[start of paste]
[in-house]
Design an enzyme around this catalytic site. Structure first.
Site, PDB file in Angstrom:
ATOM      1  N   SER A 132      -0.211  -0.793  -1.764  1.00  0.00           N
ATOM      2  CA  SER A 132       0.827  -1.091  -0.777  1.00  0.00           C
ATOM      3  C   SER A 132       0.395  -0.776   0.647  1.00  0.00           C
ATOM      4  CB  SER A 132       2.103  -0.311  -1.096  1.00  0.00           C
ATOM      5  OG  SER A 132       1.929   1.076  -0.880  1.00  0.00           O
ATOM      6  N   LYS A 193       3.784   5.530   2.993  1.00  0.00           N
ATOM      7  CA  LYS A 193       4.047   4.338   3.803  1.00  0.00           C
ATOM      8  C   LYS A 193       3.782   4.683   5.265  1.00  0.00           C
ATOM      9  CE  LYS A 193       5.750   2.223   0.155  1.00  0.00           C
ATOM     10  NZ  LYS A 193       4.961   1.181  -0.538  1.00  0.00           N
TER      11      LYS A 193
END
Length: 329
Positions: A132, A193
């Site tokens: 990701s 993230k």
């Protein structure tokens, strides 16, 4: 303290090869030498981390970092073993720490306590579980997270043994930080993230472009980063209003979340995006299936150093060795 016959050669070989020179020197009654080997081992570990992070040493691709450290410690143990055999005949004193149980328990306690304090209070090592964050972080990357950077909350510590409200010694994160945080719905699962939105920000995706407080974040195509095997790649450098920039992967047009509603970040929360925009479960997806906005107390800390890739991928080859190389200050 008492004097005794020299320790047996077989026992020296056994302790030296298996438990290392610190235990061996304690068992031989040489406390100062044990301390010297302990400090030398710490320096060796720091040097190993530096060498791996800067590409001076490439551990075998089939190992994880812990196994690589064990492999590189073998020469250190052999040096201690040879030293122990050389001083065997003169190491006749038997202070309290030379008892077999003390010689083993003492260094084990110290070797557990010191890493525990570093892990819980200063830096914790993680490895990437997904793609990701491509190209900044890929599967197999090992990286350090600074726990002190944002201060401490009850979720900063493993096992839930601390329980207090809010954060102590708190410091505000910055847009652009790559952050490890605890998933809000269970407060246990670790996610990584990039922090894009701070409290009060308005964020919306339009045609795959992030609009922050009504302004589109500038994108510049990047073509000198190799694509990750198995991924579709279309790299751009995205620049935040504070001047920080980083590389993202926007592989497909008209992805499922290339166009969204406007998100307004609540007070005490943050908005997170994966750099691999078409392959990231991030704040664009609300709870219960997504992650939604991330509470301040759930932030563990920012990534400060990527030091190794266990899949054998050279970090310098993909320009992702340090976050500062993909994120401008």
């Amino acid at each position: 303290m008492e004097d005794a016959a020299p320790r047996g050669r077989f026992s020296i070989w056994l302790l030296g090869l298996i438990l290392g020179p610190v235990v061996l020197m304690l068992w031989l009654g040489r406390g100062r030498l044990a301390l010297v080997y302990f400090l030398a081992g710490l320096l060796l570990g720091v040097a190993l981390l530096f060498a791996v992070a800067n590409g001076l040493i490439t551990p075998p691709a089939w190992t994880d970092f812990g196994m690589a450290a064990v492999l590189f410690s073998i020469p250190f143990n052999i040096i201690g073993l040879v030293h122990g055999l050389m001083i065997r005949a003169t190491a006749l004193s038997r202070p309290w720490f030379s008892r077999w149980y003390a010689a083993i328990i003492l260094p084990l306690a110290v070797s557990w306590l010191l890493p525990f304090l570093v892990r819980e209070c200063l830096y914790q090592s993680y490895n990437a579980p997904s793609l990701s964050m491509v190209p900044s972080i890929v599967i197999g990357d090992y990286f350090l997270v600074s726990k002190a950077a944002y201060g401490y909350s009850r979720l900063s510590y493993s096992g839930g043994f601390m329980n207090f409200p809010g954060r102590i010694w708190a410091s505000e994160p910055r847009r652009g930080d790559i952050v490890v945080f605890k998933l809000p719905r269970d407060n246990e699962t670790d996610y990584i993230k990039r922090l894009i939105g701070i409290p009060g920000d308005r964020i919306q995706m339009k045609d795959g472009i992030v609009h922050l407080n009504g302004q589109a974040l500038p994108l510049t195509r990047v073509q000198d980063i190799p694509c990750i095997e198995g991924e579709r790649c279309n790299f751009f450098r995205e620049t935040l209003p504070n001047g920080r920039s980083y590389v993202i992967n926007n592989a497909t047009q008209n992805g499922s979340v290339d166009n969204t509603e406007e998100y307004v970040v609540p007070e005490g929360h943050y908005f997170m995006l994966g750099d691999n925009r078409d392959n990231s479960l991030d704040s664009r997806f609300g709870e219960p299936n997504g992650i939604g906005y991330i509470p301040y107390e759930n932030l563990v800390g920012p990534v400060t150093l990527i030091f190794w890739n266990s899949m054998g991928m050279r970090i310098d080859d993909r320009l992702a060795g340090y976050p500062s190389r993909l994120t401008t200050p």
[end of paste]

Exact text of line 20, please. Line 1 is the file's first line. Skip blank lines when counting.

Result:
């Amino acid at each position: 303290m008492e004097d005794a016959a020299p320790r047996g050669r077989f026992s020296i070989w056994l302790l030296g090869l298996i438990l290392g020179p610190v235990v061996l020197m304690l068992w031989l009654g040489r406390g100062r030498l044990a301390l010297v080997y302990f400090l030398a081992g710490l320096l060796l570990g720091v040097a190993l981390l530096f060498a791996v992070a800067n590409g001076l040493i490439t551990p075998p691709a089939w190992t994880d970092f812990g196994m690589a450290a064990v492999l590189f410690s073998i020469p250190f143990n052999i040096i201690g073993l040879v030293h122990g055999l050389m001083i065997r005949a003169t190491a006749l004193s038997r202070p309290w720490f030379s008892r077999w149980y003390a010689a083993i328990i003492l260094p084990l306690a110290v070797s557990w306590l010191l890493p525990f304090l570093v892990r819980e209070c200063l830096y914790q090592s993680y490895n990437a579980p997904s793609l990701s964050m491509v190209p900044s972080i890929v599967i197999g990357d090992y990286f350090l997270v600074s726990k002190a950077a944002y201060g401490y909350s009850r979720l900063s510590y493993s096992g839930g043994f601390m329980n207090f409200p809010g954060r102590i010694w708190a410091s505000e994160p910055r847009r652009g930080d790559i952050v490890v945080f605890k998933l809000p719905r269970d407060n246990e699962t670790d996610y990584i993230k990039r922090l894009i939105g701070i409290p009060g920000d308005r964020i919306q995706m339009k045609d795959g472009i992030v609009h922050l407080n009504g302004q589109a974040l500038p994108l510049t195509r990047v073509q000198d980063i190799p694509c990750i095997e198995g991924e579709r790649c279309n790299f751009f450098r995205e620049t935040l209003p504070n001047g920080r920039s980083y590389v993202i992967n926007n592989a497909t047009q008209n992805g499922s979340v290339d166009n969204t509603e406007e998100y307004v970040v609540p007070e005490g929360h943050y908005f997170m995006l994966g750099d691999n925009r078409d392959n990231s479960l991030d704040s664009r997806f609300g709870e219960p299936n997504g992650i939604g906005y991330i509470p301040y107390e759930n932030l563990v800390g920012p990534v400060t150093l990527i030091f190794w890739n266990s899949m054998g991928m050279r970090i310098d080859d993909r320009l992702a060795g340090y976050p500062s190389r993909l994120t401008t200050p």